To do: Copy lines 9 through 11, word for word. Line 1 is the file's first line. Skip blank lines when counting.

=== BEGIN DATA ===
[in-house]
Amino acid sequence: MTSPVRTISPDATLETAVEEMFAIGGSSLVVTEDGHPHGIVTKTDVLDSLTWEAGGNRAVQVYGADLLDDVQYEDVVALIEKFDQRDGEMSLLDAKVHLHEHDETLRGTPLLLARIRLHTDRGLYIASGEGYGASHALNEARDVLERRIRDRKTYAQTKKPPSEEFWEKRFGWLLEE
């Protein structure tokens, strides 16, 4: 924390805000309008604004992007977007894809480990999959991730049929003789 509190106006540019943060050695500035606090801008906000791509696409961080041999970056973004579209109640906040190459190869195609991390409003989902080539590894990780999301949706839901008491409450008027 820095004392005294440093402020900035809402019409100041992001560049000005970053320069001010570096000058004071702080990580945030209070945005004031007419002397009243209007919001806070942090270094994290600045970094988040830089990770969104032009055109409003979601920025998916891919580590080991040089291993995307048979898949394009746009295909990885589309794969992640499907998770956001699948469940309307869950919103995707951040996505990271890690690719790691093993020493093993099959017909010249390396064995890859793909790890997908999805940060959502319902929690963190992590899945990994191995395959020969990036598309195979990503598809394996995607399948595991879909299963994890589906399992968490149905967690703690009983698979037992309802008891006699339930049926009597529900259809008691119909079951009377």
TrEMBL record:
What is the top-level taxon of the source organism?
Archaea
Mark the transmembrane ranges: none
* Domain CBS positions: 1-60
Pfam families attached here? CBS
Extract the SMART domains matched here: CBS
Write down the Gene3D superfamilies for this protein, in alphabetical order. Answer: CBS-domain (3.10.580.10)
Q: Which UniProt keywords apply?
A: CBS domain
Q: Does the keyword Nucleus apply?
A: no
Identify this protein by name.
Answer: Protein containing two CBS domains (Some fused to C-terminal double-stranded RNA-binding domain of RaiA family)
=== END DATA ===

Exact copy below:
Pfam families attached here? CBS
Extract the SMART domains matched here: CBS
Write down the Gene3D superfamilies for this protein, in alphabetical order. Answer: CBS-domain (3.10.580.10)